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Athina Livanos 1937

Athina Livanos 1937

This postcard shows the beaching of SS Athina Livanos (incorrectly named by the printers!) and despite the Greek name; she was a 4824 ton steamer built by Grays of Hartlepool and completed in October 1936. The beaching took place on 28th February 1937, so the ship was brand new and probably en route to its new owner. It ran aground on Redcar beach; which when beached was an attraction for residents and visitors from all around, named after the 2nd daughter of shipping magnate at the time Stavros Livanos. This daughter later married Aristotle Onassis and mother of two children Alexander and Christina.
The Athina Livanos was lost on 29th November 1943 when it was torpedoed in the Gulf of Aden by the Japanese submarine 1-27.

Image courtesy of John G. Hannah, additional information courtesy of ‘Redcar – Past and Present’.

Old Church, Skelton

Old Church, Skelton

A postcard view of the old church of All Saints Skelton, from Skelton based B. and G. Spires; the Spires produced several hand-tinted postcard views of Skelton and the surrounding area during the early 1900’s. Peter Appleton tells us:  “The original church was probably erected by one of the Fauconbergs, who inherited the Castle upon the death of Peter de Brus III without issue. His eldest sister, Agnes, married Walter de Fauconberg and thus the estate passed into the hands of that family, until their male line died out in 1407. The name on the Faculty for the pulling down and rebuilding the church is Joseph William Hall Stevenson, who inherited the estate from his father, John Hall Stevenson, in 1785. The rebuild cost £443.2s.7d according to the Church Wardens’ Accounts Book and took place during 1785 and 1786. The cost was covered by a donation of £100 from Joseph, the sale to the parishioners of the pews in the nave, east gallery (no longer extant) and west gallery, plus the sale to the local plumber of the lead recovered off the roof. Several other prominent citizens also signed the Faculty.” The interior retains many old fittings, including a three-decker pulpit. Part of an old 11th century stone sundial found in the church yard is now in the new church.”

Image and additional information courtesy of Peter Appleton.

Rushpool Hall pre-1904

Rushpool Hall before the Fire

Rushpool Hall is one of the finest specimens of Victorian architecture to be found in North Yorkshire. It was constructed at the head of the valley gardens in Saltburn-by-the-Sea in the years 1863-4 for Mr John Bell, one of the Victorian pioneer Ironmasters of Bell Brothers a company that controlled and worked the ironstone mines at Skelton-in-Cleveland. It seems logical that the magnificent Rushpool Hall was built with the first ironstone raised from Bell Brothers Skelton Shaft mine. After John Bell died in 1888, Sir Arthur Dorman (of Dorman Long Iron & Steel Works) moved in. Sir Joseph Walton, coal mine owner, active Wesleyan Methodist and Liberal Party MP purchased the property after it was renovated in 1906 following the great fire in 1904. The Hall was almost destroyed when a maids candle accidentally caused a curtain to catch alight. The construction of the outer walls built from ironstone mined in the Bell brothers Skelton shaft mine is probably the main reason why the Hall survived the fire. It is today a hotel and premier wedding and function venue. This image produced by Rapp’s of Saltburn as a postcard, clearly titled as ‘Before the fire of 20th February, 1904’; it must have been very topical at the time!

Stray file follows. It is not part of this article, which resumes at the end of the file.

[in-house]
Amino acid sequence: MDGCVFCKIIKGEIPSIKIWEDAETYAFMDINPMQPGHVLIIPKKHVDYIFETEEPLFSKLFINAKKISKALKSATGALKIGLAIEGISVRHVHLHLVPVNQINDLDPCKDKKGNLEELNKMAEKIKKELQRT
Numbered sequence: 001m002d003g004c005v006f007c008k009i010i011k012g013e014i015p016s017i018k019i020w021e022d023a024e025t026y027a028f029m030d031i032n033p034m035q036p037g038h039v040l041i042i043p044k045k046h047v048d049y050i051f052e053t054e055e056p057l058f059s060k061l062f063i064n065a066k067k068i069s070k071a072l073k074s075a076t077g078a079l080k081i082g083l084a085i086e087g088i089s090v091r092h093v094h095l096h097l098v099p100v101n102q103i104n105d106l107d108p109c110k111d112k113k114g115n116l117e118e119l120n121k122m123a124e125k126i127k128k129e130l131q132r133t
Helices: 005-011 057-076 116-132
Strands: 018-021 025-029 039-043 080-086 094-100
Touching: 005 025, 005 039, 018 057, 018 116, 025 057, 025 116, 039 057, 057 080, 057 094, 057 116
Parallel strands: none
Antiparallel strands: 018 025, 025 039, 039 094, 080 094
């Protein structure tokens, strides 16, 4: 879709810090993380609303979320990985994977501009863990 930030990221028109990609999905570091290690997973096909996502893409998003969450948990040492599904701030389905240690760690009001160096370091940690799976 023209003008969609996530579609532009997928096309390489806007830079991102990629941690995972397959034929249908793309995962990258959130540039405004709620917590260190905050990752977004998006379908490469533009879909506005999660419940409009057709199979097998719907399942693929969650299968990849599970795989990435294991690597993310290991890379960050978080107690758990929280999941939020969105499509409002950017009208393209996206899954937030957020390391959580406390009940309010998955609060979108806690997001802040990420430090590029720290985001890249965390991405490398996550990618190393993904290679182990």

Image courtesy of Peter Appleton, additional information courtesy of Rushpool Hall.

Ladies in Church

Ladies in Church

Gill Brown, Lilian Ingledew and Iris Copley are similarly pictured during another visit to St Gregory’s Minster at Kirkdale.

Image courtesy of Iris Place.

Church Visit

Church visit

Lilian Ingledew and Tom Jackson are pictured whilst visiting St Gregory’s Minster at Kirkdale. Kirkdale’s most famous monument is the ANGLO-SAXON SUNDIAL situated just above the main doorway under cover of the 18th century porch; still much visited today the church is a peaceful haven, well worth visiting .

Image courtesy of Iris Place.

West End Skelton

West End Skelton

Still a familiar view of North Terrace, Skelton; this postcard view dates from the turn of the 2oth century. The Royal George whose host was A. (Albert) Bunn as recorded in the 1901 and 1911 Census; it is presumed that the Royal George  lost the front railings in the First World War.Even today the building still exists, more as a ‘pub with good grub’; than a ‘commercial hotel’. Peter Appleton has assisted with further information regarding Albert Bunn: “Alfred Bunn was born at Abington, Cambridgeshire in 1850. He married Hannah Ord at Middlesbrough Register Office in 1878. He was a Coachman in Domestic service, living at 15 Stanhope Street, Saltburn in 1891. This is just round the corner from the Queen Hotel. Was he the hotel’s coachman, I wonder? By 1897 he was landlord of the Royal George and was elected a member of “Skelton Felons” (or Skelton Association for the Prosecution of Felons to give it its full title) in that year. In 1910 he was elected to the management committee of “the Felons” and is last mentioned in the Minute Book of the Association in 1915. He died in March 1917.”

Image courtesy of Peter Appleton and many thanks to Peter for the update.